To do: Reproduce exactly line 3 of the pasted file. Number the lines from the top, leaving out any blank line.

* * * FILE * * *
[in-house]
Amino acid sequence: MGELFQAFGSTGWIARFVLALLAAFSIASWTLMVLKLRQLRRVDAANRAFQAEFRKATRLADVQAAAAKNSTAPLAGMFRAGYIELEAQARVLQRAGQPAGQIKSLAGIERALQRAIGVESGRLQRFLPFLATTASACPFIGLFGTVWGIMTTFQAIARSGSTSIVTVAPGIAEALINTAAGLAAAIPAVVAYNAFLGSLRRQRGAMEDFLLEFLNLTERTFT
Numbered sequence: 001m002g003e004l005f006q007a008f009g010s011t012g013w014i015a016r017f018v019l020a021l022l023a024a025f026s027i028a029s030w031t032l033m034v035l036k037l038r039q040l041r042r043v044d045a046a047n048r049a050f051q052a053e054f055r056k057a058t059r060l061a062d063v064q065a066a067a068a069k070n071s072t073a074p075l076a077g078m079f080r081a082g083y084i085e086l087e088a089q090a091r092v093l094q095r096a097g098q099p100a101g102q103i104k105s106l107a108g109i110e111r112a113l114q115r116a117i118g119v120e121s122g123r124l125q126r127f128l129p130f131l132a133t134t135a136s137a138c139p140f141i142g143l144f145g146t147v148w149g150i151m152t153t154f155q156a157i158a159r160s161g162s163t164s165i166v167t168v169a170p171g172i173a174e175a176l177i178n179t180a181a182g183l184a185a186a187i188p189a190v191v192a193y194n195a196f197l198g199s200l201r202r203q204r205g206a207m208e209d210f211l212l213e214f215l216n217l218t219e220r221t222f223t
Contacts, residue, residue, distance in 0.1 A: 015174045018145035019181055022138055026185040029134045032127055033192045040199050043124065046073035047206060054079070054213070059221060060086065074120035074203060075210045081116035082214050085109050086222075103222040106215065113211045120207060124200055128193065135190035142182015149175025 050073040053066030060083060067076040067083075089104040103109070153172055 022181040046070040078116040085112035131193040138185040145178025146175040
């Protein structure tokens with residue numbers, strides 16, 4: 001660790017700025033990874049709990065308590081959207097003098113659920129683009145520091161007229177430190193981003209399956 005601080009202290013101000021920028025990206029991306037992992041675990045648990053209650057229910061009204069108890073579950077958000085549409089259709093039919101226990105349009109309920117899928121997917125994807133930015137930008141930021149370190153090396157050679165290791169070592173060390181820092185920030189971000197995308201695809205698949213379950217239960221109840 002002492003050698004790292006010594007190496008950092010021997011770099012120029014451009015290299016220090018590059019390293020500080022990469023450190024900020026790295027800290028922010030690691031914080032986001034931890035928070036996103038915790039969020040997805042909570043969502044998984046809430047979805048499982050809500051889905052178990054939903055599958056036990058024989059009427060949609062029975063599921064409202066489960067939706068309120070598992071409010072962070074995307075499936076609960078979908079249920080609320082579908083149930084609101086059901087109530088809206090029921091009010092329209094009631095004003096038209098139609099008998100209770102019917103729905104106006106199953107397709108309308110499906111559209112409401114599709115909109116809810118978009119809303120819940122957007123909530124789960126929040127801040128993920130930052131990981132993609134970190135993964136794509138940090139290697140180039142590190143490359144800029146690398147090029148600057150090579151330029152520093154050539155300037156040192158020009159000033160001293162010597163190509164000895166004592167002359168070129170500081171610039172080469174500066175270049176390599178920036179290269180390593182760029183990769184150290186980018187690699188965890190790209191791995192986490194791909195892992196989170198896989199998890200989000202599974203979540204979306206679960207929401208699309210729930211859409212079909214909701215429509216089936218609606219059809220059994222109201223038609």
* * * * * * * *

Numbered sequence: 001m002g003e004l005f006q007a008f009g010s011t012g013w014i015a016r017f018v019l020a021l022l023a024a025f026s027i028a029s030w031t032l033m034v035l036k037l038r039q040l041r042r043v044d045a046a047n048r049a050f051q052a053e054f055r056k057a058t059r060l061a062d063v064q065a066a067a068a069k070n071s072t073a074p075l076a077g078m079f080r081a082g083y084i085e086l087e088a089q090a091r092v093l094q095r096a097g098q099p100a101g102q103i104k105s106l107a108g109i110e111r112a113l114q115r116a117i118g119v120e121s122g123r124l125q126r127f128l129p130f131l132a133t134t135a136s137a138c139p140f141i142g143l144f145g146t147v148w149g150i151m152t153t154f155q156a157i158a159r160s161g162s163t164s165i166v167t168v169a170p171g172i173a174e175a176l177i178n179t180a181a182g183l184a185a186a187i188p189a190v191v192a193y194n195a196f197l198g199s200l201r202r203q204r205g206a207m208e209d210f211l212l213e214f215l216n217l218t219e220r221t222f223t